By: Brenden Boudreau
The Virginia General Assembly convened yesterday at the behest of anti-gun Democrat Gov. Ralph Northam and adjourned just as quickly with no gun control measures heading to the Governor’s desk.
The National Association for Gun Rights had staff in Richmond for the special session delivering thousands of petitions from pro-gun Virginians to their lawmakers urging them to oppose Northam’s calls for gun control, or face the political consequences.
The legislature will not meet again until after the general election on November 18th.
Committees in both the House and Senate met soon after session, where they referred an amalgam of gun control bills to the Virginia State Crime Commission for consideration.
The State Crime Commission is made up of members of both the House and the Senate, as well as Executive branch appointees. It does not have any legislative or regulatory authority, and can only make recommendations to the Virginia General Assembly with the majority support of the legislative members of the commission.
Just as Republicans maintain slim majorities of both the House and the Senate, so, too, do they maintain majority legislative control on the State Crime Commission.
The way events unfolded today in Richmond was a bruising defeat for Gov. Northam and his anti-gun allies in the General Assembly who were looking to politicize the recent shooting in Virginia Beach, where city employees were left defenseless against their murderer by the municipality’s anti-gun workplace rules.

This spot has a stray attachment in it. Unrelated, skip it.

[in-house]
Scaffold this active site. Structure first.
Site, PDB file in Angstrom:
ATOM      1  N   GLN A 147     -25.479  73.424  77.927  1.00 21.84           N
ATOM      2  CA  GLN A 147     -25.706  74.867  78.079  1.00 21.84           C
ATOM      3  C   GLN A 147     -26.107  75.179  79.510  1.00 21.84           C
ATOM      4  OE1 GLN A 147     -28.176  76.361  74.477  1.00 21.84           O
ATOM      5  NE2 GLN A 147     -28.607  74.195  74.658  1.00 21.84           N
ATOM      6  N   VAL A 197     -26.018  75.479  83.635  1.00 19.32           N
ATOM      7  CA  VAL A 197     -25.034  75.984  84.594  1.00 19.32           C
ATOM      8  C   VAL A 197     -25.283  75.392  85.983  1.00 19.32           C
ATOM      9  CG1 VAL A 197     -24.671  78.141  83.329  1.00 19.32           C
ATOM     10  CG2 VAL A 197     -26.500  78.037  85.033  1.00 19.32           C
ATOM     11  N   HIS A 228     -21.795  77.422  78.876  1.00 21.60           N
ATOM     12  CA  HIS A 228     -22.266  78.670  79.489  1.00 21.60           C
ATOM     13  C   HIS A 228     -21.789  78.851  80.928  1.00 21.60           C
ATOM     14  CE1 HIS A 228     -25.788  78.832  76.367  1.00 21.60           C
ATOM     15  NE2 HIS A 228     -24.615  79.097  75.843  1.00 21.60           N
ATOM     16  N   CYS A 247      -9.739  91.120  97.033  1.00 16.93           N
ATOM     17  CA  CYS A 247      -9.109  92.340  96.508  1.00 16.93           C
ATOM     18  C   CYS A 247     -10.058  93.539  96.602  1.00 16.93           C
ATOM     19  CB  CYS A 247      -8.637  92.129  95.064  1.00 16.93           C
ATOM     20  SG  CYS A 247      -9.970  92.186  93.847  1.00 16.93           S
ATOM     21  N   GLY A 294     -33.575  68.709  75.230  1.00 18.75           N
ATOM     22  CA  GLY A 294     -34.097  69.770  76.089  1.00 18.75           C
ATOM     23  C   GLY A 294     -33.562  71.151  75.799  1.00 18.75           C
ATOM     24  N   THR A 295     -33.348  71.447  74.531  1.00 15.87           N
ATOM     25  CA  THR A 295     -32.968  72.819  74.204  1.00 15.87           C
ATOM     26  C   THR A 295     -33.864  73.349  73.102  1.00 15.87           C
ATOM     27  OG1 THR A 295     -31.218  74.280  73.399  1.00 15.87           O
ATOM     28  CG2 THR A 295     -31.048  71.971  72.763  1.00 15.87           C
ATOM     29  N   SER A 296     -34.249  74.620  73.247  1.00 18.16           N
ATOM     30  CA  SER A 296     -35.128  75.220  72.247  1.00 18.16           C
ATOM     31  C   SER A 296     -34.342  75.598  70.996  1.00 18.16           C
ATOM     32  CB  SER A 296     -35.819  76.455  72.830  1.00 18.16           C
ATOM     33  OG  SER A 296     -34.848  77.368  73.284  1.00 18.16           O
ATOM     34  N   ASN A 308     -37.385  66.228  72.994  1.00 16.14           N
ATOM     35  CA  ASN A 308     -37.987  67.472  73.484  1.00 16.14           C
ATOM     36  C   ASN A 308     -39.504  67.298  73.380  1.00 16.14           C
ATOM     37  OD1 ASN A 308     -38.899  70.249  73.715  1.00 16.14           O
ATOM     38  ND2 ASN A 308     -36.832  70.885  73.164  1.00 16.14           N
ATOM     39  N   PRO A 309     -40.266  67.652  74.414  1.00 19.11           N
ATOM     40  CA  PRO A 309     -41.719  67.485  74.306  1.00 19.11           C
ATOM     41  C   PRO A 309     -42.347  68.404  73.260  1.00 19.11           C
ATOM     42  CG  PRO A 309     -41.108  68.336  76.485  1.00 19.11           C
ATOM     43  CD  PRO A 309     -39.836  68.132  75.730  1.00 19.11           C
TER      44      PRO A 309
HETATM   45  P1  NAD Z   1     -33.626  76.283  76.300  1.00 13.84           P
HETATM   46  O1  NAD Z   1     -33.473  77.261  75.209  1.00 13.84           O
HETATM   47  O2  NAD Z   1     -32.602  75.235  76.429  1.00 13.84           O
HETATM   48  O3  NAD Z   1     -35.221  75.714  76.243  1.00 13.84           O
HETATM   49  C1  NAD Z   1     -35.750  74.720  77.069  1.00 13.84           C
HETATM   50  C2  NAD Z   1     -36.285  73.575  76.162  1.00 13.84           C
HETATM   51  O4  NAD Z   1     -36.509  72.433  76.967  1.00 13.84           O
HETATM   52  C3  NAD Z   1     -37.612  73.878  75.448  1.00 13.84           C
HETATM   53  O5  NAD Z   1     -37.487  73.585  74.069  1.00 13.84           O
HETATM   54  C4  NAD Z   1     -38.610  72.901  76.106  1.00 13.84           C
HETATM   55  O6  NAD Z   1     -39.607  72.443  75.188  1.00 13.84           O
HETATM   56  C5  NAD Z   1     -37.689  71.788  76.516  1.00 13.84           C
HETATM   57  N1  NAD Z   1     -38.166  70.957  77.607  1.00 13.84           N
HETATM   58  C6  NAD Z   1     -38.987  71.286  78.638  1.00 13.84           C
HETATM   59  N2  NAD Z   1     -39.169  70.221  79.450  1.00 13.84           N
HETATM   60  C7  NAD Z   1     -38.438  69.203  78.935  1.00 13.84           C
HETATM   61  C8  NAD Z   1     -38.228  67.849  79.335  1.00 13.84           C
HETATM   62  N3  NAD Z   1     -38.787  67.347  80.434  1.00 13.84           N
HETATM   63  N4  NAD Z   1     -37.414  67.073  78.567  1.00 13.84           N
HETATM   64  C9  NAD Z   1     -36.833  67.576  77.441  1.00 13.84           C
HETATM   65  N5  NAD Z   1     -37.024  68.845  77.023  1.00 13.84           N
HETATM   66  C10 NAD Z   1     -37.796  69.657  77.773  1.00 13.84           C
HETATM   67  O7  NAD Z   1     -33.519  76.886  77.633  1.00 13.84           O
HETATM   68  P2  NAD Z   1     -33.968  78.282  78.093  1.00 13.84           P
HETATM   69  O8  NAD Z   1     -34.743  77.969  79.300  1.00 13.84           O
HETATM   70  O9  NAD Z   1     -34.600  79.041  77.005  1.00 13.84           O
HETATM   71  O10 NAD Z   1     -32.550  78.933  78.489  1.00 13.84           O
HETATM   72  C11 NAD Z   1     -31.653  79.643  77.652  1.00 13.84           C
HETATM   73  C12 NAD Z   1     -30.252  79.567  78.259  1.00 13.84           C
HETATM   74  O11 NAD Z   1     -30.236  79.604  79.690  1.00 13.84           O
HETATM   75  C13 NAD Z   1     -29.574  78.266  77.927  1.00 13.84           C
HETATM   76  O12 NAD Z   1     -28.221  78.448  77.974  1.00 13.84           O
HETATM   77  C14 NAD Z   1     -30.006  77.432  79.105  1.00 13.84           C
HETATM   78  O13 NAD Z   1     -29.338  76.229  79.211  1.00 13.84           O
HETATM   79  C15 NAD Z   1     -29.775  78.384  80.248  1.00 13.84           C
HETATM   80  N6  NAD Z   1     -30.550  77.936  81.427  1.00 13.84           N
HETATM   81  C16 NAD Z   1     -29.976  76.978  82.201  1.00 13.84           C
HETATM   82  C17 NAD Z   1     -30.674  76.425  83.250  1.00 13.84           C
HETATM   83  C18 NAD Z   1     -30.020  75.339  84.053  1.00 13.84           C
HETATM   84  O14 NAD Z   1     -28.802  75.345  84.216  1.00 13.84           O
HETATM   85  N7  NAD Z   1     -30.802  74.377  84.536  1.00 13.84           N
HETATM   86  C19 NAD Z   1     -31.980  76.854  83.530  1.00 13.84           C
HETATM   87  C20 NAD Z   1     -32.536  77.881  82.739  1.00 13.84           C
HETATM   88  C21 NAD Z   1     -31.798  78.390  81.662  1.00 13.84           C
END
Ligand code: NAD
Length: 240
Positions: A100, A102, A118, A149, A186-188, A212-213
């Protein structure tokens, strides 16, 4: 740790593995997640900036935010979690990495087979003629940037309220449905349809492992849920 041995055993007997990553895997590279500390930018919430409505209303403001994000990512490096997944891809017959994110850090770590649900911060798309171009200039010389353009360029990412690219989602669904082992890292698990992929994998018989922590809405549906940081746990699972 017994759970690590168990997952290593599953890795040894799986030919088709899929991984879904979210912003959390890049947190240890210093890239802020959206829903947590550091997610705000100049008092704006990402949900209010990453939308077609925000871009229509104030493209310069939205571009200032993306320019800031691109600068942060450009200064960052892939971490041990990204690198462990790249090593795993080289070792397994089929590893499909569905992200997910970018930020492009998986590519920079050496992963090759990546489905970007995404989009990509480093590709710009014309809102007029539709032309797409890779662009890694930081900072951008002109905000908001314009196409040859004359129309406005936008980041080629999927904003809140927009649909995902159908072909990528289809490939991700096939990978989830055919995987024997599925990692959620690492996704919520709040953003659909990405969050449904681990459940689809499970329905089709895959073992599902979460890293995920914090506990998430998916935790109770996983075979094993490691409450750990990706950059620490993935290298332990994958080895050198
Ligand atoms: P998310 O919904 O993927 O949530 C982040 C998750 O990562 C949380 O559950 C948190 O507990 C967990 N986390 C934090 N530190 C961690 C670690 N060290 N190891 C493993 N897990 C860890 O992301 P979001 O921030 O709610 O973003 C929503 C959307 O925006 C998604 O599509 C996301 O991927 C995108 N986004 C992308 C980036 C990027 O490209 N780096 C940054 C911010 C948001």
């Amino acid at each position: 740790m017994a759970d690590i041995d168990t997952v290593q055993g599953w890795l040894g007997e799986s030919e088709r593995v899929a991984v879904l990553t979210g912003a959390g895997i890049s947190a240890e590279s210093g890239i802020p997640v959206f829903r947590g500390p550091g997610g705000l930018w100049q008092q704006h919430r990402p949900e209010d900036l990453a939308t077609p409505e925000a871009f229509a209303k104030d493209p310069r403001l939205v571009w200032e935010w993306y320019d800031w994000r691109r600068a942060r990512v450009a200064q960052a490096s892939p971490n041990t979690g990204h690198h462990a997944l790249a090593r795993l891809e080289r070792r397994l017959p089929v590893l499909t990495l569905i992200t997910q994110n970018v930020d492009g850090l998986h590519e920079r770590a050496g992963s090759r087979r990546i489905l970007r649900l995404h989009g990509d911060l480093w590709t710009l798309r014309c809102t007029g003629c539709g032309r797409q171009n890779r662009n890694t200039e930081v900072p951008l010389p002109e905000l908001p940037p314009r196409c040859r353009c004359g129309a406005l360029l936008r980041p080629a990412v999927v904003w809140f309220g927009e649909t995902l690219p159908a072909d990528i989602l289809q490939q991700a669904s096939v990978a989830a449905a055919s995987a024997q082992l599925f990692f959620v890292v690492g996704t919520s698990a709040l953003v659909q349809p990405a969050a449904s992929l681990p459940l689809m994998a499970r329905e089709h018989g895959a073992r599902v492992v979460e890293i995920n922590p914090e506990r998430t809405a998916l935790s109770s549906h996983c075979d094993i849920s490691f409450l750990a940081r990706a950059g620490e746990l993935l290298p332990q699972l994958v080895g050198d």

Republican Senate Majority Leader Tommy Norment also faced backlash from his own caucus after filing a surprise gun control bill just hours before the start of the special session.
Republican Sen. Bill Stanley resigned as Senate Majority Whip after Norment filed his gun control bill.
Norment quickly rescinded his bill and stated that he won’t support “any measure that restricts the constitutional rights of law-abiding citizens,” according to WDBJ 7.
Not that Norment should be trusted by pro-gun Virginians with his long anti-gun voting record, but it’s clear he felt the heat from angry gun owners and relented.
Of course, the gun issue is not going away anytime soon, but will now be taking center stage in the upcoming general election, where Democrats are working to take control of the General Assembly.
If Democrats do take complete control in Richmond following the general election, it is expected that they will work with Gov. Northam in making a strong push for gun control in 2020.
The National Association for Gun Rights is keeping a close eye on the Virginia State Crime Commission and is working on a battle plan to expose anti-gun politicians and lobby candidates for office in support of the Second Amendment in the days leading up to the elections this fall.
Brenden Boudreau is the Director of Field Operations for the National Association for Gun Rights, writing from Michigan. Contact him at firstname.lastname@example.org. Disclosure: In addition to his work with the National Association for Gun Rights, the author is also Executive Director of Great Lakes Gun Rights.